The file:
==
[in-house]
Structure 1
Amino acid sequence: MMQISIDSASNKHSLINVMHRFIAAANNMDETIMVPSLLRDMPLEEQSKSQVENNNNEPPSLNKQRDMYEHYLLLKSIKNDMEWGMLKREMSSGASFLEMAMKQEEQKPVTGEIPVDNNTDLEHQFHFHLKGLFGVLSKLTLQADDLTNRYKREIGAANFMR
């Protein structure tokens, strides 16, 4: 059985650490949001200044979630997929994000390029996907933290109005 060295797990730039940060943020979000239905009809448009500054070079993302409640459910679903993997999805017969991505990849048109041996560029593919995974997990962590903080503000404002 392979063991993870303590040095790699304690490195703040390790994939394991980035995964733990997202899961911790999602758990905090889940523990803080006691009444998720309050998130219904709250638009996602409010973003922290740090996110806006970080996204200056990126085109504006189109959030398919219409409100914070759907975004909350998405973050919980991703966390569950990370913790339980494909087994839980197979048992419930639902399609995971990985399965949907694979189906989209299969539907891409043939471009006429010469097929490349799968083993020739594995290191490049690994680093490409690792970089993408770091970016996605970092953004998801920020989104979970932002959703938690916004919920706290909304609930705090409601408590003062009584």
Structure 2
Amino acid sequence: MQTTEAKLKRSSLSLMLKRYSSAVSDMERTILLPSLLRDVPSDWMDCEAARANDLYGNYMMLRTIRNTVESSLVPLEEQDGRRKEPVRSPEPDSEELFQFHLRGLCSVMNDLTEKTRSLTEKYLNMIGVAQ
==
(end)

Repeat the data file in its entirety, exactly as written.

[in-house]
Structure 1
Amino acid sequence: MMQISIDSASNKHSLINVMHRFIAAANNMDETIMVPSLLRDMPLEEQSKSQVENNNNEPPSLNKQRDMYEHYLLLKSIKNDMEWGMLKREMSSGASFLEMAMKQEEQKPVTGEIPVDNNTDLEHQFHFHLKGLFGVLSKLTLQADDLTNRYKREIGAANFMR
């Protein structure tokens, strides 16, 4: 059985650490949001200044979630997929994000390029996907933290109005 060295797990730039940060943020979000239905009809448009500054070079993302409640459910679903993997999805017969991505990849048109041996560029593919995974997990962590903080503000404002 392979063991993870303590040095790699304690490195703040390790994939394991980035995964733990997202899961911790999602758990905090889940523990803080006691009444998720309050998130219904709250638009996602409010973003922290740090996110806006970080996204200056990126085109504006189109959030398919219409409100914070759907975004909350998405973050919980991703966390569950990370913790339980494909087994839980197979048992419930639902399609995971990985399965949907694979189906989209299969539907891409043939471009006429010469097929490349799968083993020739594995290191490049690994680093490409690792970089993408770091970016996605970092953004998801920020989104979970932002959703938690916004919920706290909304609930705090409601408590003062009584």
Structure 2
Amino acid sequence: MQTTEAKLKRSSLSLMLKRYSSAVSDMERTILLPSLLRDVPSDWMDCEAARANDLYGNYMMLRTIRNTVESSLVPLEEQDGRRKEPVRSPEPDSEELFQFHLRGLCSVMNDLTEKTRSLTEKYLNMIGVAQ